practice sales and use tax

Sales and Use Tax for Practice Owners

Over the past few years we have seen an increased focus by the North Carolina Department of Revenue (NCDOR) on dentists for the audit of sales and use tax compliance. With this in mind, we want to work with our Practice owners to educate and proactively prevent the massive impact these audits can cause.

Sales tax is what we all expect to pay when we purchase items in our day-to-day lives. As a Practice owner, it is necessary to charge sales tax on certain items like electric toothbrushes. As a general rule of thumb, we tell our dental clients: If it leaves in the patient’s mouth, the items and services are NOT subject to sales tax. With this being said, everything else that does not leave in the patient’s mouth may be subject to the tax. If you are unclear which items this applies to, our team will work with you to review your product offerings and determine which items sales tax should be added to.

When looking at use tax, this is what applies when you purchase items from a vendor and they do not charge you tax. If you receive invoices for supplies and equipment or office supplies, your Practice is responsible for reporting this information. In addition, you must pay the sales tax the vendor did not charge. For example, this could be when Practice owners purchase items from out of state suppliers, online vendors, or small retailers.

While it can be time consuming and difficult, compliance with both parts of the tax is necessary. For this reason, one of our main goals is to implement procedures to ease the compliance process for our clients.

Best Practices

Each month you should total the number of items sold by your Practice that were subject to sales tax and forward to your accountant. Remember, review your Practice Management software reports as this information may already be shown.

For use tax, we recommend you include your office manager or a trusted member of staff in this process. This staff member must review all invoices from your vendors to verify if sales tax was charged. If not, those invoices should be set aside for payment of Use Tax. This information needs to be shared with your accountant on a regular basis.

To learn more about how we can support your Practice in this process, contact us!

IRS Business Owners

Interacting with the IRS: New Business Owners

Did you start or acquire a new business this year? If so, you may feel a little overwhelmed with the new responsibilities and you could be a little intimidated interacting with the IRS for the first time. The first thing you should do as a new business owner is get a tax ID number or Employer Identification Number (EIN). You can apply for this directly through the IRS online.

Your Tax Responsibilities:
  • File your business’s annual income tax return
  • Pay estimated taxes for you if you own a pass-through entity or for your C Corporation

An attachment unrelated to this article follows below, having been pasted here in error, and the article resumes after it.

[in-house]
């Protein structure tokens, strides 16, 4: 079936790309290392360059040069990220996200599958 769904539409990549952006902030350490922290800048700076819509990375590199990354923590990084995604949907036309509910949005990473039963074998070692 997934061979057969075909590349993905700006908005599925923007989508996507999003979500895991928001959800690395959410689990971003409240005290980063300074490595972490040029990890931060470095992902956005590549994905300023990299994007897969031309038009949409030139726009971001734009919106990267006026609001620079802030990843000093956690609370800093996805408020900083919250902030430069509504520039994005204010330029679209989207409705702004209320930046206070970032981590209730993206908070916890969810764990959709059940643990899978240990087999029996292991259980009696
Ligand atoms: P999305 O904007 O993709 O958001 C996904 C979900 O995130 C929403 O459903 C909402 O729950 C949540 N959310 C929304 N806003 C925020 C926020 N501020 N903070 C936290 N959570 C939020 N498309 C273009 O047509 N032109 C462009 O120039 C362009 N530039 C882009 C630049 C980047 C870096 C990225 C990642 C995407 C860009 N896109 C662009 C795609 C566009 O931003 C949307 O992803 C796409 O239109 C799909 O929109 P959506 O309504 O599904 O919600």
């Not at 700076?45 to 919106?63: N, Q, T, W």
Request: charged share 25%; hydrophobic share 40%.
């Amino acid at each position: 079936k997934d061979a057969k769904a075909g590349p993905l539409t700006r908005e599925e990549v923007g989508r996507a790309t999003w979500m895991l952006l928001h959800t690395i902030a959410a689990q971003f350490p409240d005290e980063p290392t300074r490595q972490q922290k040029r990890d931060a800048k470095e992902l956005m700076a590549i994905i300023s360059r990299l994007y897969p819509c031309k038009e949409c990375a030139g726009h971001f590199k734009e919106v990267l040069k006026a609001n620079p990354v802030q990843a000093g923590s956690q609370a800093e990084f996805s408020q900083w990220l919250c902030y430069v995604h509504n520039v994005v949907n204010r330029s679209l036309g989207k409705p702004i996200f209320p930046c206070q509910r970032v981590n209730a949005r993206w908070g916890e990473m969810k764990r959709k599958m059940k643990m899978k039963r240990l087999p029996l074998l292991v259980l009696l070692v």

• Payroll Tax Activities: withholding, depositing payments, and filing employer tax returns
  • Submit information returns if you have independent contractors, maintain qualified retirement plans, or offer other benefit programs to your staff

You can and sometimes must handle certain tax responsibilities electronically. Many online activities can be facilitated utilizing government provided resources listed below. Not everything listed below may apply to you so remember to consult your accountant if you have any questions.

Depositing Taxes
  • If you have a payroll or make estimated tax payments, schedule your tax deposits in advance by using EFTPS.gov.
  • Transmit W-2s to the Social Security Administration
  • Submit copies of employees’ W-2s with an IRS transmittal form (Form W-3) to the Social Security Administration through the Business Services Online. This suite of services allows organizations, businesses, individuals, employers, attorneys, non-attorneys representing Social Security claimants, and third-parties to exchange information with Social Security securely over the internet. You must register and create your own password to access Business Services Online.
  • Remit Information Returns to the IRS
  • You may have to file annual information returns to inform the IRS about your payments to independent contractors you utilize. Complete this task through the Filing Independent Returns Electronically (FIRE) System
Filing Annual Retirement Plan Returns

If you want or need to file a form in the 5500 series electronically, do this through the Department of Labor’s EFAST2. This is an all-electronic system designed by the Department of Labor, Internal Revenue Service, and Pension Benefit Guaranty Corporation. The purpose is to simplify and expedite the submission, receipt, and processing of the Form 5500 and Form 5500-SF. These forms must be electronically filed each year by employee benefit plans to satisfy annual reporting requirements under the Employee Retirement Income Security Act (ERISA) and the Internal Revenue Code.

If you need assistance with any of the required tasks above, our professionals can help. Click here to contact us today!